John and Maureen Goodman agree that dance not only brought them together, it keeps them together. The couple came to Turning Stone with the Fayetteville studio to dance in the pro-am division, in which teachers dance with their students. “We met in a dance hall in England,” John said with a chuckle. “She picked me up, and that was it.” The two have been married for 57 years, and participating in dance has been a constant in their relationship. Neither one can imagine life without dancing.
Whether it was the tango or the chacha, the energy at Turning Stone didn’t miss a beat. There were no missteps at the New York/New Jersey Dance Sport Challenge, only dancers making strides in celebration of movement.
In Plein Sight
In the late 1800s, en plein air painting became the most popular way to create art—French-originated and translated as “in open air.” Open-air painting is as it sounds: sitting outside and painting. Now, it has turned into the canvas for a Plein Air Festival, held at Billsboro Winery in Geneva.
The fourth annual festival will be held Thursday, Aug. 11, through Sunday, Aug. 14, allowing artists to paint outside for the public and compete for cash prizes. Artists arriving on Thursday evening will be welcomed with a reception and wine tasting at Rose Hill Mansion on Seneca Lake; here, winery owners and event hosts Kim and Vincent Aliperti will present the rules, maps and details to the participants.
“The idea is to capture the light and the way it is playing on a landscape,” Kim Aliperti said in describing the plein air process. “Claude Monet did it in ‘Water Lilies.’” There’s just something about watching a work in progress under—let’s hope—a clear, blue sky that brings the art to life. Last year’s winners, Roland Stevens, Janet Russell and Tony Conner, are all returning to compete again.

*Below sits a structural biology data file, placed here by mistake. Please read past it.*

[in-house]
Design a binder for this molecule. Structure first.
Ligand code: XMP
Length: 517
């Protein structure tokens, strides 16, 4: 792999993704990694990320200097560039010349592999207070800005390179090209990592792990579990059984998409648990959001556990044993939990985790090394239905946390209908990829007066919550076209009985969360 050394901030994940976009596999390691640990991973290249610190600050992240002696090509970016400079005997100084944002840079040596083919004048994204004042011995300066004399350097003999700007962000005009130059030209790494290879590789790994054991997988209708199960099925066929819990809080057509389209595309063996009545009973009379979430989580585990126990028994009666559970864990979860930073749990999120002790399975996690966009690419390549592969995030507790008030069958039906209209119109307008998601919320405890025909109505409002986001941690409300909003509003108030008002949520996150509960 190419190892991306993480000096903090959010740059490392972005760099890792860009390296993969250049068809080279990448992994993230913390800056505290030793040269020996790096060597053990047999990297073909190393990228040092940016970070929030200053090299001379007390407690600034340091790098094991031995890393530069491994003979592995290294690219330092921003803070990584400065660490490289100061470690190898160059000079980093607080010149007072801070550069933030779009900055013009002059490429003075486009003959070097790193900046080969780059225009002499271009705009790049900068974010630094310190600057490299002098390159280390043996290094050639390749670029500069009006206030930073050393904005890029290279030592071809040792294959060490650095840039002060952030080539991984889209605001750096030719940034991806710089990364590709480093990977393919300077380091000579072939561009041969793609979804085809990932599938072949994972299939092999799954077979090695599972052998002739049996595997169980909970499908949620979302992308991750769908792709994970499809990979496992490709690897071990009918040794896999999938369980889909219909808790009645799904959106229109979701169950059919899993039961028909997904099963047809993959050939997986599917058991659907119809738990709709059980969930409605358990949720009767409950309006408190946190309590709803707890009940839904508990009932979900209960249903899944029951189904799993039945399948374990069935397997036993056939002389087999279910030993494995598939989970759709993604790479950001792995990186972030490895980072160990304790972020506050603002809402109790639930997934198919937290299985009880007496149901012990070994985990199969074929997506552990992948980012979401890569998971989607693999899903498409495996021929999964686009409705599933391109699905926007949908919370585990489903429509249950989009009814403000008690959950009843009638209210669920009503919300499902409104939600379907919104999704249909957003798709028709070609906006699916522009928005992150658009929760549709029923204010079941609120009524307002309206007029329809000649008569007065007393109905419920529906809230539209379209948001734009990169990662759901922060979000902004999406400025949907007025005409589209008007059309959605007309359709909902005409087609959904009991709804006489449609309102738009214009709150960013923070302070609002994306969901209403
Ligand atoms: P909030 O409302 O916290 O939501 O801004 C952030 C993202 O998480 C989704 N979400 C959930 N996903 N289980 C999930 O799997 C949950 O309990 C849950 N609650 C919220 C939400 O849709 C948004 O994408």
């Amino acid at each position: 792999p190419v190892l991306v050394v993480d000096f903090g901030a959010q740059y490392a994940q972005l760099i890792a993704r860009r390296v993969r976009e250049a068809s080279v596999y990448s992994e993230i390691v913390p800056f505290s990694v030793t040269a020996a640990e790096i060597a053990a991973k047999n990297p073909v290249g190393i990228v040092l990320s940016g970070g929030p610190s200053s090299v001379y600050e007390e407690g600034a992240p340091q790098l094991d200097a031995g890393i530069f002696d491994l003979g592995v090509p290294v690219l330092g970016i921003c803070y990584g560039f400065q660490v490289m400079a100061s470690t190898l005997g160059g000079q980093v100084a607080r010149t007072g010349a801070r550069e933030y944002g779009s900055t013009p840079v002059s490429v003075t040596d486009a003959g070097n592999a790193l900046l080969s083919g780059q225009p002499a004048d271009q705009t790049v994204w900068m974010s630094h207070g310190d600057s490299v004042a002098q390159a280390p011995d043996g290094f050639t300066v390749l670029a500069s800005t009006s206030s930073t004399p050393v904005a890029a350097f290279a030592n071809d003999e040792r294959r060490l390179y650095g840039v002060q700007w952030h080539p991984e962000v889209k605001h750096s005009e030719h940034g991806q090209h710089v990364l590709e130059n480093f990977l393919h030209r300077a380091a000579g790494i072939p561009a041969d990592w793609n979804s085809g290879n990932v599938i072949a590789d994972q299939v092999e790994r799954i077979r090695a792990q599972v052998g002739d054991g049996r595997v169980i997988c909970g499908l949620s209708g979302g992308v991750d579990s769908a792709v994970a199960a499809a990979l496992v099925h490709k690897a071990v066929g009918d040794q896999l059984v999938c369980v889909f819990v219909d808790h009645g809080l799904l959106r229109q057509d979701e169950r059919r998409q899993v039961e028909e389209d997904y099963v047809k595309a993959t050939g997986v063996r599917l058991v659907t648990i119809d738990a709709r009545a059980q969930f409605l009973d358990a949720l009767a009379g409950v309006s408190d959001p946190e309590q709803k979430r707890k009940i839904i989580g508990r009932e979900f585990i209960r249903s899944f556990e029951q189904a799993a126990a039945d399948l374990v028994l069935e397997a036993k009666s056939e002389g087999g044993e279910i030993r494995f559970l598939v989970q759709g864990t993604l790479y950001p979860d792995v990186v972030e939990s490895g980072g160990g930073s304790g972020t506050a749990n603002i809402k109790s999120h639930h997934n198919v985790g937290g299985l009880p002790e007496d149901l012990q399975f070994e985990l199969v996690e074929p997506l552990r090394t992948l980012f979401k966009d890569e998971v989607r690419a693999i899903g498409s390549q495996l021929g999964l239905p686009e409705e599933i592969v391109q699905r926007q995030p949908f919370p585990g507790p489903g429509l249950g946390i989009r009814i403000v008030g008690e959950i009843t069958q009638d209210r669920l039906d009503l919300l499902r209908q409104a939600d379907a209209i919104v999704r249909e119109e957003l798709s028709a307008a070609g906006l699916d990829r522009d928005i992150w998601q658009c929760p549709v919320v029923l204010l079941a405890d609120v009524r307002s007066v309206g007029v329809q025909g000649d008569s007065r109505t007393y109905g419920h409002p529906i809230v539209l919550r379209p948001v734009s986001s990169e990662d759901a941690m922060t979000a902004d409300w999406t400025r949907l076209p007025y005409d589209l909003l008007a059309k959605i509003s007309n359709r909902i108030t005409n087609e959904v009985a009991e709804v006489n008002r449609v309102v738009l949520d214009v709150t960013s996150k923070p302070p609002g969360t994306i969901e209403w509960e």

Friday, the festival begins bright and early, at 7 a.m., when painters have 12 hours to set up a station anywhere they’d like in and around Geneva, on Seneca Lake. The public is welcome to come and observe artists while they create landscapes on canvas.
The festival picks up again Saturday; while some artists continue their plein air art, interested artists can compete in the “paint off.” All contestants are given a similar view to paint—this year it is a lakefront view from the Geneva Chamber of Commerce, 35 Lake Front Drive. “Each contestant has a little different take on the view in front of them,” Kim Aliperti said.
At 6 p.m., after the competition, the judging and silent auctions begin, during which artists and ticketed guests can listen to live music, and enjoy wine and hors d’oeuvres. Artists may submit only two pieces of work they had created the previous two days. “Many artists do up to five pieces over the weekend, but only two can be judged,” Aliperti continued. Cash prizes in many different categories are announced, as well as the winner of the Paint Off.
The festival wraps on Sunday with a public viewing and sale of the framed artwork from the weekend. The artists will be available to answer questions.
Event organizers seek volunteers to help out with every aspect of the festival—from working the reception or luncheon to offering their homes for artists to spend the weekend. “We have many volunteers who offer their homes for those artists who do not want to pay to get a hotel,” Aliperti noted.
While the public can watch the plein air art being created, tickets for the gala on Saturday, Aug. 13, are available in advance for $25 by calling Billsboro Winery, 4760 West Lake Road (Route 14), Geneva, at 789-9538 or at the door for $30.